Copyright © 2013, 2011, 2008 Pearson Education, Inc.

County Government in Texas  The  Structure of County Government County Auditor Required in counties with 10,000 residents  Appointed by district judges to two-year terms  Reviews bills and expenditures  Budget officer in counties with 225,000 residents   County Treasurer Receives and disburses county funds  Many duties being transferred to county auditors  Copyright © 2013, 2011, 2008 Pearson Education, Inc.

County Government in Texas  Criticisms of County Government Lack home-rule status  Little state supervision  Disparities in performance  Property tax restrictions limit provision of services  Limited use of civil service systems  Copyright © 2013, 2011, 2008 Pearson Education, Inc.

Special Districts in Texas  Functions and Structures of Special Districts  Close to 3,375 special districts in Texas Most perform a single function, but municipal utilities districts (MUDs) provide multiple services.  Governed by elected or appointed nonpartisan board  Provide services that the other local governments are unwilling or unable to provide to their areas  Copyright © 2013, 2011, 2008 Pearson Education, Inc.

Special Districts in Texas  Consequences of Single-Purpose Districts Delay creation of multipurpose governments  Poor management and record keeping  Higher costs of providing services  Low salaries; difficult to recruit qualified staff  Jurisdictional rivalries develop.  Duplication of costs  Little public and media attention  Copyright © 2013, 2011, 2008 Pearson Education, Inc.

Independent School Districts  Inequities  in the Public Education System Reform Efforts Rural area accessibility, compulsory attendance, funding, and teacher recruitment and training  Structure and governance of districts, consolidation of districts, and extension of ISDs throughout state   New Problems Almost 5 million students, bilingual education, special education, and graduation rates  Student performance and mandated testing  Copyright © 2013, 2011, 2008 Pearson Education, Inc.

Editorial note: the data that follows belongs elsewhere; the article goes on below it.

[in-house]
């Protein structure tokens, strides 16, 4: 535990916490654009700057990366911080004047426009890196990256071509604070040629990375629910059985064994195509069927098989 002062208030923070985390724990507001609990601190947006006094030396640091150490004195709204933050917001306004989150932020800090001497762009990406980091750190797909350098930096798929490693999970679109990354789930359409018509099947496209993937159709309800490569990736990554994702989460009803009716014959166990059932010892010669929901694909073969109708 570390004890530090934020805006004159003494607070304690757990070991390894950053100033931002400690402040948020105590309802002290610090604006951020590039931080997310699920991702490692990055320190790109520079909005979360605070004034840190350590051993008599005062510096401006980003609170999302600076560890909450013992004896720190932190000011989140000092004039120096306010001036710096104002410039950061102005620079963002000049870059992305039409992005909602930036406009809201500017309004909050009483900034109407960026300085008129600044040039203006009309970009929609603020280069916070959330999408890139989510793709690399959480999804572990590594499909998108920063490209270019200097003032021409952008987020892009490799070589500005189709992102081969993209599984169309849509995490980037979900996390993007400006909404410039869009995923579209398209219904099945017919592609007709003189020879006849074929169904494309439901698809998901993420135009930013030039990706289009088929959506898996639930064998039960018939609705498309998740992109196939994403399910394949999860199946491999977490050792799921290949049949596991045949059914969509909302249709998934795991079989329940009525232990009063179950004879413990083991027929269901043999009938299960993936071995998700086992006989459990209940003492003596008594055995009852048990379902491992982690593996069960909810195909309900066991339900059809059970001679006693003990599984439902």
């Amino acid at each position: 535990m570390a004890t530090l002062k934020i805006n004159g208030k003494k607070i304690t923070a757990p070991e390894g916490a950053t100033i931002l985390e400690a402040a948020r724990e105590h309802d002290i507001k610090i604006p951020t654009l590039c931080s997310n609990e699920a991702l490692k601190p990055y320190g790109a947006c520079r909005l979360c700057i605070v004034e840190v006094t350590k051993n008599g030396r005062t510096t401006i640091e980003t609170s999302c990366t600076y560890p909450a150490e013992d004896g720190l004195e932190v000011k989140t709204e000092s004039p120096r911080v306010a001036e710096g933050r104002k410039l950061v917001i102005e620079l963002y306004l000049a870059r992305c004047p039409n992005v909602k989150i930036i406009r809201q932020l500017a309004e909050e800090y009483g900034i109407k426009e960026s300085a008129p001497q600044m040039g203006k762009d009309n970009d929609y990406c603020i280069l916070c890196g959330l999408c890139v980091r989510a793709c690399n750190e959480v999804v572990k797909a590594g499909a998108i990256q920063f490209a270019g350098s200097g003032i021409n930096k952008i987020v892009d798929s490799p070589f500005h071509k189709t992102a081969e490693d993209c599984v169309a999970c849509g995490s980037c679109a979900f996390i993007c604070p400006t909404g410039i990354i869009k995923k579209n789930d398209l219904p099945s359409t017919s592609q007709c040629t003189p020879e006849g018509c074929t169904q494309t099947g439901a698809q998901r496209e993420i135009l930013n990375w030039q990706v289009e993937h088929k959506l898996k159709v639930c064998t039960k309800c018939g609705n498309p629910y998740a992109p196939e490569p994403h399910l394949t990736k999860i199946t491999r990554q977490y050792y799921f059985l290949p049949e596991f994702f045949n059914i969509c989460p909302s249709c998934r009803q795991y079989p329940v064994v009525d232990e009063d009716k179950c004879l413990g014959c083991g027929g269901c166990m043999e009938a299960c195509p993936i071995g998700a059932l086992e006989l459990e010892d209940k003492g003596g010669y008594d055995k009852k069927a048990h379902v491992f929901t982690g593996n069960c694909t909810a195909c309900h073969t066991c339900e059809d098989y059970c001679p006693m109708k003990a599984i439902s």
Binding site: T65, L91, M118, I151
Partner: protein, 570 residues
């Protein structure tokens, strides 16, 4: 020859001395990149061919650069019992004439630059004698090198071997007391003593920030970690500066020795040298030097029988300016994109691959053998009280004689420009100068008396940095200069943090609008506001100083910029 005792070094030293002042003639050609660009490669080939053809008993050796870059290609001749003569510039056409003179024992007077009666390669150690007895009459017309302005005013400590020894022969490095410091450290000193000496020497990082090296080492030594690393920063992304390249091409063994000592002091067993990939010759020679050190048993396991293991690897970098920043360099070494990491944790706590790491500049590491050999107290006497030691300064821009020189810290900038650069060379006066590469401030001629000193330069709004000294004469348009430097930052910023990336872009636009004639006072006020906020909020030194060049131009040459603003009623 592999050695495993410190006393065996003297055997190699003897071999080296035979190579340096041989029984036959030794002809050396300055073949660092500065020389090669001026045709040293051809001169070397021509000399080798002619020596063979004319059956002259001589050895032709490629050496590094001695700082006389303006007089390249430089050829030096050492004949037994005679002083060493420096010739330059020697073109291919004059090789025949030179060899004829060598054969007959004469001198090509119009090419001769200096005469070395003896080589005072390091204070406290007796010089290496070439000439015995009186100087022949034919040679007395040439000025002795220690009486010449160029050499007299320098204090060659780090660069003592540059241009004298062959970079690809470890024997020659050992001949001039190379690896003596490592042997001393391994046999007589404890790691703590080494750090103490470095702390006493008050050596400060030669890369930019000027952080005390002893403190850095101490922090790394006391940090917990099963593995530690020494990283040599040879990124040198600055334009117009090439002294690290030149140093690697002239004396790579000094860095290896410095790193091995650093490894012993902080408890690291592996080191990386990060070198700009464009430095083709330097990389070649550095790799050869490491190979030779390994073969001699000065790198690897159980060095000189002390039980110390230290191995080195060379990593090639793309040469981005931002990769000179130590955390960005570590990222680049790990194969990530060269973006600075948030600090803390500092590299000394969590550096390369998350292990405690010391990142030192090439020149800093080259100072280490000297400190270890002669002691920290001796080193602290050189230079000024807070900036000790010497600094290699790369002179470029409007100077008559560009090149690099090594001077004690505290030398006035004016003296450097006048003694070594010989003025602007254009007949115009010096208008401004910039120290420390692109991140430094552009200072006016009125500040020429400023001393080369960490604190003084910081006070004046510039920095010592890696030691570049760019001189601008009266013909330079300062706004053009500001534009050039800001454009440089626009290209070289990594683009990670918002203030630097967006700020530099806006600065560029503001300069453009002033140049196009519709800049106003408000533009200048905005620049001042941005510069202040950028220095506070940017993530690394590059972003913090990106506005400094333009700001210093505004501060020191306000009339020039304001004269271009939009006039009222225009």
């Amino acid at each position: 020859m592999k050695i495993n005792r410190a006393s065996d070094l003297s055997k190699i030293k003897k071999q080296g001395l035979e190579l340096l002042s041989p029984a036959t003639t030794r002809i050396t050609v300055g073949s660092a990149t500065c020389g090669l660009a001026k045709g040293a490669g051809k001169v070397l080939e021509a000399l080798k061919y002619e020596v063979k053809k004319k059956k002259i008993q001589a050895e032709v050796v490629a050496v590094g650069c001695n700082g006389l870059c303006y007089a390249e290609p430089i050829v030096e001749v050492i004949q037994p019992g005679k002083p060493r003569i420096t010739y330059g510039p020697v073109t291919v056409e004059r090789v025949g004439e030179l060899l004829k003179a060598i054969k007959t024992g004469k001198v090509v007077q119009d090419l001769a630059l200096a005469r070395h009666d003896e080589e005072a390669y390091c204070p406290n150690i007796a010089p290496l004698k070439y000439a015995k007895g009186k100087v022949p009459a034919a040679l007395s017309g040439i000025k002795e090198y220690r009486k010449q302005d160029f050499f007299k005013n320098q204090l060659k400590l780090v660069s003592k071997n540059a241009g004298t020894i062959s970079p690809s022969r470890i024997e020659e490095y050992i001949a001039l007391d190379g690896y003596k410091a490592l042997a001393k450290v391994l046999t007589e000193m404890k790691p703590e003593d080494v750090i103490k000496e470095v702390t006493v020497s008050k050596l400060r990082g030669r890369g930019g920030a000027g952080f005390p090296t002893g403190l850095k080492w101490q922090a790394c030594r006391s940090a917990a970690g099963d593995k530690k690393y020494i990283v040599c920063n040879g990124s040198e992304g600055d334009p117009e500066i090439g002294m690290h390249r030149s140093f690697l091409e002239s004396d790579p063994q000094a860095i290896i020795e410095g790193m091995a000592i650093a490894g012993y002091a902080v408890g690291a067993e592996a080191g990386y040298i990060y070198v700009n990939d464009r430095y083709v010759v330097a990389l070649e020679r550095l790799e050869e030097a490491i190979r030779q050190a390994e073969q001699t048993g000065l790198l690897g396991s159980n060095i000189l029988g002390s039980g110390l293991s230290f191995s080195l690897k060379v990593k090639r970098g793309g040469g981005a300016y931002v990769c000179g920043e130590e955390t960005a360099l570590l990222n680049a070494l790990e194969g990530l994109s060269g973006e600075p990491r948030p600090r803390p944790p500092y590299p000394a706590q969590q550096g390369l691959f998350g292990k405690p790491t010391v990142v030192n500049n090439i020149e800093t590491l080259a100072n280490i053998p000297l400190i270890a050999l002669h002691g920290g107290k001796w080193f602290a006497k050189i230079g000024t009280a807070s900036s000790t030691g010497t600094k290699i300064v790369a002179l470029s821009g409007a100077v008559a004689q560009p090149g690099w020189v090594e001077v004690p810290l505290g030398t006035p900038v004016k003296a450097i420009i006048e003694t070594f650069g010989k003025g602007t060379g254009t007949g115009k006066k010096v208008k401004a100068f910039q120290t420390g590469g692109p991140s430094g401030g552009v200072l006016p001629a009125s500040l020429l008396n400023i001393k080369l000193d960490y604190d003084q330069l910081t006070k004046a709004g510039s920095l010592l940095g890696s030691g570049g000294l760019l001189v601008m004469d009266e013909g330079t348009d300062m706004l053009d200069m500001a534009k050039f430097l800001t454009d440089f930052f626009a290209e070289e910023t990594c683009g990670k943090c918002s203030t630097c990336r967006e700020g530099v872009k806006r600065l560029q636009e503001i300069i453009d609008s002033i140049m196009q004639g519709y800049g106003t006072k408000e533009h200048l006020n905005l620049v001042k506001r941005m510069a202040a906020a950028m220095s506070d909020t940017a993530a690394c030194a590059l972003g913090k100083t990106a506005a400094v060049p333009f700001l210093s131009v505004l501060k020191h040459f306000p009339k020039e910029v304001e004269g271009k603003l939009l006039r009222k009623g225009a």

Independent School Districts  Differences  among School Districts 1,050 Local School Districts (7,972 Schools) Number of students  Financial resources  Facilities  Graduation rates  Other performance measures  Copyright © 2013, 2011, 2008 Pearson Education, Inc.

Independent School Districts  Local  School Governance School boards Three to nine members selected in nonpartisan elections  Hire school superintendent—most important job  Similar to council-manager form of government     Board = Council Superintendent = Manager Boards too involved in day-to-day management can be reprimanded by Texas Education Agency. Copyright © 2013, 2011, 2008 Pearson Education, Inc.

Solutions to the Problems of Local Government  Privatization of Functions Contracting out services  Leasing property from private owners  Examples of City Contracts  Garbage pickup and waste disposal  Towing, food services, and security  Copyright © 2013, 2011, 2008 Pearson Education, Inc.

Solutions to the Problems of Local Government  Annexation and Extraterritorial Jurisdiction  Extraterritorial Jurisdiction    Areas one-half mile to five miles beyond the city limits Areas subject to land use restrictions and building codes of the city Annexation    Extend city boundaries up to 10% of city’s territory Does not require the approval of annexed residents Cities must provide services within two and a half years. Copyright © 2013, 2011, 2008 Pearson Education, Inc.

Solutions to the Problems of Local Government  Modernization of County Government Establish home rule  Grant power to make ordinances  Modernize information and communications systems  Create an office of county administrator  Extend civil service systems  Copyright © 2013, 2011, 2008 Pearson Education, Inc.

Discussion Question  Modernizing County Government What are some of the various proposals for modernizing county government?  What are the political problems faced by those who support such changes?  Copyright © 2013, 2011, 2008 Pearson Education, Inc.

Solutions to the Problems of Local Government  Economic  Development Cities Tax increment financing for districts  One-half-cent tax for economic development  Offer tax abatements to attract businesses   Counties Form enterprise zones  Relax state regulatory policies  Offer tax abatements to attract new businesses  Copyright © 2013, 2011, 2008 Pearson Education, Inc.

Solutions to the Problems of Local Government  Interlocal  Smaller cities contract with larger cities to provide services.  Metro  Government and Consolidation Reduce fragmentation, duplication, and overlap of government services  Public  Contracting Improvement Districts May improve landscaping, lighting, streets, sidewalks, libraries, parking, water, and drainage . Copyright © 2013, 2011, 2008 Pearson Education, Inc

Copyright © 2013, 2011, 2008 Pearson Education, Inc.